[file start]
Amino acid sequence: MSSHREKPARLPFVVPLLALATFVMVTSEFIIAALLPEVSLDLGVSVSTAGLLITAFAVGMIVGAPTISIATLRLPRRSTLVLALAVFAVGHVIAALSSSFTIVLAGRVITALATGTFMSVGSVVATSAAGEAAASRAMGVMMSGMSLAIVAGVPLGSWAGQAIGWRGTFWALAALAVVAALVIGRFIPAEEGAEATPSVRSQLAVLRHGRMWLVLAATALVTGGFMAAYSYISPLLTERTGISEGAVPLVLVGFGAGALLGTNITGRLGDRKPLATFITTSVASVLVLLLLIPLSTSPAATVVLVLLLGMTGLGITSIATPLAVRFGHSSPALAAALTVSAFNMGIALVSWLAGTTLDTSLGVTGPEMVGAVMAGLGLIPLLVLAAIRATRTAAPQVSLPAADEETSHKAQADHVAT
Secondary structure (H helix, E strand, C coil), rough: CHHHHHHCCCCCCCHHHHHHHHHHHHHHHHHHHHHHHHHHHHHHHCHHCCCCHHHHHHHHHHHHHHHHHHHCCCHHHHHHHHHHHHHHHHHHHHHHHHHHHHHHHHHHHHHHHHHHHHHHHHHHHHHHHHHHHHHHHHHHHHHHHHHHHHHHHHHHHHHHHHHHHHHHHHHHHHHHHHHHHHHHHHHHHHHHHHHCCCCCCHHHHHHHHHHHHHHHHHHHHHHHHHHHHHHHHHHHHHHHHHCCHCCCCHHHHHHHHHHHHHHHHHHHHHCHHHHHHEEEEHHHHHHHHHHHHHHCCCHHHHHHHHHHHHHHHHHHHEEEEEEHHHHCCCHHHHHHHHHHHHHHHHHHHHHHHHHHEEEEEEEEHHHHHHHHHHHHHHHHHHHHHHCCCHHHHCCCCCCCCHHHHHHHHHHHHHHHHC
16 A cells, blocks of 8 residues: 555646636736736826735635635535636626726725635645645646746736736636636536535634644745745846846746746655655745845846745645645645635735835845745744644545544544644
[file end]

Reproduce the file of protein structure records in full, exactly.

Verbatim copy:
Amino acid sequence: MSSHREKPARLPFVVPLLALATFVMVTSEFIIAALLPEVSLDLGVSVSTAGLLITAFAVGMIVGAPTISIATLRLPRRSTLVLALAVFAVGHVIAALSSSFTIVLAGRVITALATGTFMSVGSVVATSAAGEAAASRAMGVMMSGMSLAIVAGVPLGSWAGQAIGWRGTFWALAALAVVAALVIGRFIPAEEGAEATPSVRSQLAVLRHGRMWLVLAATALVTGGFMAAYSYISPLLTERTGISEGAVPLVLVGFGAGALLGTNITGRLGDRKPLATFITTSVASVLVLLLLIPLSTSPAATVVLVLLLGMTGLGITSIATPLAVRFGHSSPALAAALTVSAFNMGIALVSWLAGTTLDTSLGVTGPEMVGAVMAGLGLIPLLVLAAIRATRTAAPQVSLPAADEETSHKAQADHVAT
Secondary structure (H helix, E strand, C coil), rough: CHHHHHHCCCCCCCHHHHHHHHHHHHHHHHHHHHHHHHHHHHHHHCHHCCCCHHHHHHHHHHHHHHHHHHHCCCHHHHHHHHHHHHHHHHHHHHHHHHHHHHHHHHHHHHHHHHHHHHHHHHHHHHHHHHHHHHHHHHHHHHHHHHHHHHHHHHHHHHHHHHHHHHHHHHHHHHHHHHHHHHHHHHHHHHHHHHHCCCCCCHHHHHHHHHHHHHHHHHHHHHHHHHHHHHHHHHHHHHHHHHCCHCCCCHHHHHHHHHHHHHHHHHHHHHCHHHHHHEEEEHHHHHHHHHHHHHHCCCHHHHHHHHHHHHHHHHHHHEEEEEEHHHHCCCHHHHHHHHHHHHHHHHHHHHHHHHHHEEEEEEEEHHHHHHHHHHHHHHHHHHHHHHCCCHHHHCCCCCCCCHHHHHHHHHHHHHHHHC
16 A cells, blocks of 8 residues: 555646636736736826735635635535636626726725635645645646746736736636636536535634644745745846846746746655655745845846745645645645635735835845745744644545544544644